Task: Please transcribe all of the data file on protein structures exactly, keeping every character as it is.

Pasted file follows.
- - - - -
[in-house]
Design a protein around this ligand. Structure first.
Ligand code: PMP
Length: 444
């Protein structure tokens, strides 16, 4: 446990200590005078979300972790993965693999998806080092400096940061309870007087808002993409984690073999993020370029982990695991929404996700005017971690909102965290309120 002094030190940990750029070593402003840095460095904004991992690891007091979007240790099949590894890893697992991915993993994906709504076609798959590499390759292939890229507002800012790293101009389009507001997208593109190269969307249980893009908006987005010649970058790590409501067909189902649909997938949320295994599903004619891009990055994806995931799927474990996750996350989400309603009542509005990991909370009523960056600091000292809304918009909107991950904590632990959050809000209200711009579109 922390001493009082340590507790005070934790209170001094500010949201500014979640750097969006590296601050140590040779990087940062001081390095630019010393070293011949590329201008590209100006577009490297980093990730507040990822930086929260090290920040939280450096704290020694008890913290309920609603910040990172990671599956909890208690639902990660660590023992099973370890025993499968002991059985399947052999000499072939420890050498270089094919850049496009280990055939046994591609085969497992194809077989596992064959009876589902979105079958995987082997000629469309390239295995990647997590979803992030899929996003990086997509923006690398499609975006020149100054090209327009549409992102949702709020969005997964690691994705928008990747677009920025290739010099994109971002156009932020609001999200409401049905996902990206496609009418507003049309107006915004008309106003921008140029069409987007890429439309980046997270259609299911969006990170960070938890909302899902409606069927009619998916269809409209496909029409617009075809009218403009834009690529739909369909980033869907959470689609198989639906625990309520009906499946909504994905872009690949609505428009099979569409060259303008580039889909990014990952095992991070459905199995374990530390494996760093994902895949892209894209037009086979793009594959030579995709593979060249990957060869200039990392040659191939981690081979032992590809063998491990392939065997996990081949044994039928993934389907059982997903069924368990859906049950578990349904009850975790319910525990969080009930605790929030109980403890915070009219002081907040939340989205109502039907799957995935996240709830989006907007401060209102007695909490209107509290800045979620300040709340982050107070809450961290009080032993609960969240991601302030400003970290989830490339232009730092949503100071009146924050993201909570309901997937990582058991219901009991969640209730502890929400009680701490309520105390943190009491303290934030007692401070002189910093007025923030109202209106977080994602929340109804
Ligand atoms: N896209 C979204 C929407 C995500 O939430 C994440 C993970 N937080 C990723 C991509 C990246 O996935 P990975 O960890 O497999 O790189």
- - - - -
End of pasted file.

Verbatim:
[in-house]
Design a protein around this ligand. Structure first.
Ligand code: PMP
Length: 444
């Protein structure tokens, strides 16, 4: 446990200590005078979300972790993965693999998806080092400096940061309870007087808002993409984690073999993020370029982990695991929404996700005017971690909102965290309120 002094030190940990750029070593402003840095460095904004991992690891007091979007240790099949590894890893697992991915993993994906709504076609798959590499390759292939890229507002800012790293101009389009507001997208593109190269969307249980893009908006987005010649970058790590409501067909189902649909997938949320295994599903004619891009990055994806995931799927474990996750996350989400309603009542509005990991909370009523960056600091000292809304918009909107991950904590632990959050809000209200711009579109 922390001493009082340590507790005070934790209170001094500010949201500014979640750097969006590296601050140590040779990087940062001081390095630019010393070293011949590329201008590209100006577009490297980093990730507040990822930086929260090290920040939280450096704290020694008890913290309920609603910040990172990671599956909890208690639902990660660590023992099973370890025993499968002991059985399947052999000499072939420890050498270089094919850049496009280990055939046994591609085969497992194809077989596992064959009876589902979105079958995987082997000629469309390239295995990647997590979803992030899929996003990086997509923006690398499609975006020149100054090209327009549409992102949702709020969005997964690691994705928008990747677009920025290739010099994109971002156009932020609001999200409401049905996902990206496609009418507003049309107006915004008309106003921008140029069409987007890429439309980046997270259609299911969006990170960070938890909302899902409606069927009619998916269809409209496909029409617009075809009218403009834009690529739909369909980033869907959470689609198989639906625990309520009906499946909504994905872009690949609505428009099979569409060259303008580039889909990014990952095992991070459905199995374990530390494996760093994902895949892209894209037009086979793009594959030579995709593979060249990957060869200039990392040659191939981690081979032992590809063998491990392939065997996990081949044994039928993934389907059982997903069924368990859906049950578990349904009850975790319910525990969080009930605790929030109980403890915070009219002081907040939340989205109502039907799957995935996240709830989006907007401060209102007695909490209107509290800045979620300040709340982050107070809450961290009080032993609960969240991601302030400003970290989830490339232009730092949503100071009146924050993201909570309901997937990582058991219901009991969640209730502890929400009680701490309520105390943190009491303290934030007692401070002189910093007025923030109202209106977080994602929340109804
Ligand atoms: N896209 C979204 C929407 C995500 O939430 C994440 C993970 N937080 C990723 C991509 C990246 O996935 P990975 O960890 O497999 O790189």